New Corruption Crackdown Begins in Hanoi
On Monday, Hanoi People’s Court began a trial with twenty-two defendants, including a former politburo member and executives of state-owned enterprise PetroVietnam. The high profile trial is the biggest corruption crackdown under the current Communist General Secretary Nguyen Phu Trong.
In the trial this month, former politburo member Dinh La Thang was accused of giving a contract to build a thermoelectric plant to PetroVietnam without following the appropriate bidding procedure. In Vietnam, current or former politburo members are rarely prosecuted. The last was prosecuted decades ago.
In addition to Thang, eleven more were accused of violating state regulations on economic management. Another eight were accused of embezzlement, in which death sentence is likely to be carried. Two were accused of both.
Moreover, this trial may heavily influence Vietnam’s diplomatic ties with Germany. German officials believe that Trinh Xuan Thanh, a former PetroVietnam Chairman, was sent to Vietnam from Germany against his will. Germany has expelled two Vietnamese diplomats, after saying that Vietnamese officials kidnapped Thanh from a park in Berlin. On Vietnamese state television, however, Thanh later said he had returned to Vietnam on his will. Le Hong Hiep for Institute of Southeast Asian Studies suggested the EU-Vietnam Free Trade Agreement may be delayed due to this incident.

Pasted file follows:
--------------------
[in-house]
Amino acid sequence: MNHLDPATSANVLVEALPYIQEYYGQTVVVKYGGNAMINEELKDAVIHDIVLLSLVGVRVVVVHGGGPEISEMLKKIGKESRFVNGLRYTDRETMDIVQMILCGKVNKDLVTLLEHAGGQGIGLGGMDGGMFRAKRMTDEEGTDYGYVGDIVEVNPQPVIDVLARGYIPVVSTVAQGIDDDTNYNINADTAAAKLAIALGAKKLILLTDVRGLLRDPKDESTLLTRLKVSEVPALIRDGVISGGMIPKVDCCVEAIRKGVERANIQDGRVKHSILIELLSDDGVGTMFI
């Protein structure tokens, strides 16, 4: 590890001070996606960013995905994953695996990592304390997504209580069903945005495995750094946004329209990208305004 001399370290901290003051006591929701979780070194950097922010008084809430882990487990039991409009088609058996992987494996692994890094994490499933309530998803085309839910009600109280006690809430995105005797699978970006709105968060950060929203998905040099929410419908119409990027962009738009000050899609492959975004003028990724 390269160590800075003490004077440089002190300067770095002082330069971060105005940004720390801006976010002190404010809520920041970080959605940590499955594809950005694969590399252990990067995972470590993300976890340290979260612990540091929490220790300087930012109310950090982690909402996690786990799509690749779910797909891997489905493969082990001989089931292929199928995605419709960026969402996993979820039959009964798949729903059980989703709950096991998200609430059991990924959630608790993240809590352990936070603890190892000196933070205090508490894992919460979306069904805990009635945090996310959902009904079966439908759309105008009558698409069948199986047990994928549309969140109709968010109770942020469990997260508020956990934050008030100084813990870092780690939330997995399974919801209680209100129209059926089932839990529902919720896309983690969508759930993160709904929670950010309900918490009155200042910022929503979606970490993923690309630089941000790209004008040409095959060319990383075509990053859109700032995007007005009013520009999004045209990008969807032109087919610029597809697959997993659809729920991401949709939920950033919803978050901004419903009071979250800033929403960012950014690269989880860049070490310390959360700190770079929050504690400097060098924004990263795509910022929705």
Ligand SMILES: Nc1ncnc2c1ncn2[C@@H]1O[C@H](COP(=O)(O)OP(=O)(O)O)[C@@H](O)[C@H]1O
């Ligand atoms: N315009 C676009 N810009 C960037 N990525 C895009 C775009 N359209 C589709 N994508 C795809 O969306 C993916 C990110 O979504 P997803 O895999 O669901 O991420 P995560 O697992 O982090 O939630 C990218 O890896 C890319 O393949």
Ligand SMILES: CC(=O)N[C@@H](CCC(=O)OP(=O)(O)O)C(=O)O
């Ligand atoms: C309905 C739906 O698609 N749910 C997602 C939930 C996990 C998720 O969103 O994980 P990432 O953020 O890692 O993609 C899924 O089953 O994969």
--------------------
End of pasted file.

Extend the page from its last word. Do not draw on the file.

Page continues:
Phan Van Anh Vu, a business tycoon and a former member of secret police, spoke to his lawyers about his attempts to fly to Germany, and hinted he has details of the kidnapping operation. He was deported from Singapore and arrested in Hanoi after Vietnamese authorities contacted Singapore’s Immigration and Checkpoints Authority, saying his passport was fake.
Despite the crackdown, many locals are skeptical about eliminating corruption. The defendants are allies of former Prime Minister, Nguyen Tan Dung, who has lost an internal battle in the Vietnamese Communist Party. Thus many see this trial as politically motivated. While it was said that Dung’s family members and lieutenants had large business ties, it is questionable whether or not this trial will solve widespread corruption and prevent such wrongdoings in the future.
According to interviews conducted by Reuters, many in the Vietnamese-American community are also skeptical about the corruption crackdown. Tuyet Ngoc Dinh who lives in Louisville Kentucky said, “Fighting corruption is meaningless when you don’t have a checks and balance system.”
Vietnamese nationals witness corruption by low-level officials on a daily basis. The distrust may be an obstacle to economic growth. Trung Nguyen, international relations dean at Ho Chi Minh University of Social Sciences and Humanities suggests people are discouraged to become entrepreneurs or are motivated to do business underground.
Meanwhile, the Vietnamese government plans to accelerate privatization of state owned enterprises. Already in 2015, public firm’s assets were reduced to eighty percent of the GDP. The Ministry of Planning and Investment predicts private sectors to contribute fifty percent of the economy. In 2017, private sector contributed forty percent of the GDP. It is suggested that the government is under pressure due to its budget deficit. The trials may not prevent future corruption, however the corruption crackdown in public enterprises may become a factor in further acceleration of privatization.